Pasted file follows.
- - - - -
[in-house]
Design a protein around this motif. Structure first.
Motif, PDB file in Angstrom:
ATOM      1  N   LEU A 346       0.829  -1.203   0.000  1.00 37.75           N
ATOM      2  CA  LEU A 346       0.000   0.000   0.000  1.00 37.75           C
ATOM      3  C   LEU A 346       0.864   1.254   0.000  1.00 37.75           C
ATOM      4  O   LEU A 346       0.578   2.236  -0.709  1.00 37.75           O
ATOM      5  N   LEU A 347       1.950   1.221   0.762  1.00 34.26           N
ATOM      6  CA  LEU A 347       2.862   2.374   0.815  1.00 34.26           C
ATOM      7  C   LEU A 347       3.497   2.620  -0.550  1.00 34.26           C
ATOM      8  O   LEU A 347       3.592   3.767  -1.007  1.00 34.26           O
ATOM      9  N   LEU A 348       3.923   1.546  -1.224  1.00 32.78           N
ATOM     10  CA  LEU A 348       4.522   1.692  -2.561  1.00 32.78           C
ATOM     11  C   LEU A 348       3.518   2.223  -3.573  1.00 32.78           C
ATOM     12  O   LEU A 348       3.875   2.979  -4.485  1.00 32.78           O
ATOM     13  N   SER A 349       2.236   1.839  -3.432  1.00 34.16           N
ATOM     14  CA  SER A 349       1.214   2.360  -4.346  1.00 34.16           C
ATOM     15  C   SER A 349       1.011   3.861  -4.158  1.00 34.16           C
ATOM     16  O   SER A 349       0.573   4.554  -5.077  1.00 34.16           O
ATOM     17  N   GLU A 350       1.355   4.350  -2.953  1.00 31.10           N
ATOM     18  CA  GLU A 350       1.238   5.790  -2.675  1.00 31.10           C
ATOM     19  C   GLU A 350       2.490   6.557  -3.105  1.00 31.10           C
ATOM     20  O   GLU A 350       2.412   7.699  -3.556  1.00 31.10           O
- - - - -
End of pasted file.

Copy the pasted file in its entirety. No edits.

[in-house]
Design a protein around this motif. Structure first.
Motif, PDB file in Angstrom:
ATOM      1  N   LEU A 346       0.829  -1.203   0.000  1.00 37.75           N
ATOM      2  CA  LEU A 346       0.000   0.000   0.000  1.00 37.75           C
ATOM      3  C   LEU A 346       0.864   1.254   0.000  1.00 37.75           C
ATOM      4  O   LEU A 346       0.578   2.236  -0.709  1.00 37.75           O
ATOM      5  N   LEU A 347       1.950   1.221   0.762  1.00 34.26           N
ATOM      6  CA  LEU A 347       2.862   2.374   0.815  1.00 34.26           C
ATOM      7  C   LEU A 347       3.497   2.620  -0.550  1.00 34.26           C
ATOM      8  O   LEU A 347       3.592   3.767  -1.007  1.00 34.26           O
ATOM      9  N   LEU A 348       3.923   1.546  -1.224  1.00 32.78           N
ATOM     10  CA  LEU A 348       4.522   1.692  -2.561  1.00 32.78           C
ATOM     11  C   LEU A 348       3.518   2.223  -3.573  1.00 32.78           C
ATOM     12  O   LEU A 348       3.875   2.979  -4.485  1.00 32.78           O
ATOM     13  N   SER A 349       2.236   1.839  -3.432  1.00 34.16           N
ATOM     14  CA  SER A 349       1.214   2.360  -4.346  1.00 34.16           C
ATOM     15  C   SER A 349       1.011   3.861  -4.158  1.00 34.16           C
ATOM     16  O   SER A 349       0.573   4.554  -5.077  1.00 34.16           O
ATOM     17  N   GLU A 350       1.355   4.350  -2.953  1.00 31.10           N
ATOM     18  CA  GLU A 350       1.238   5.790  -2.675  1.00 31.10           C
ATOM     19  C   GLU A 350       2.490   6.557  -3.105  1.00 31.10           C
ATOM     20  O   GLU A 350       2.412   7.699  -3.556  1.00 31.10           O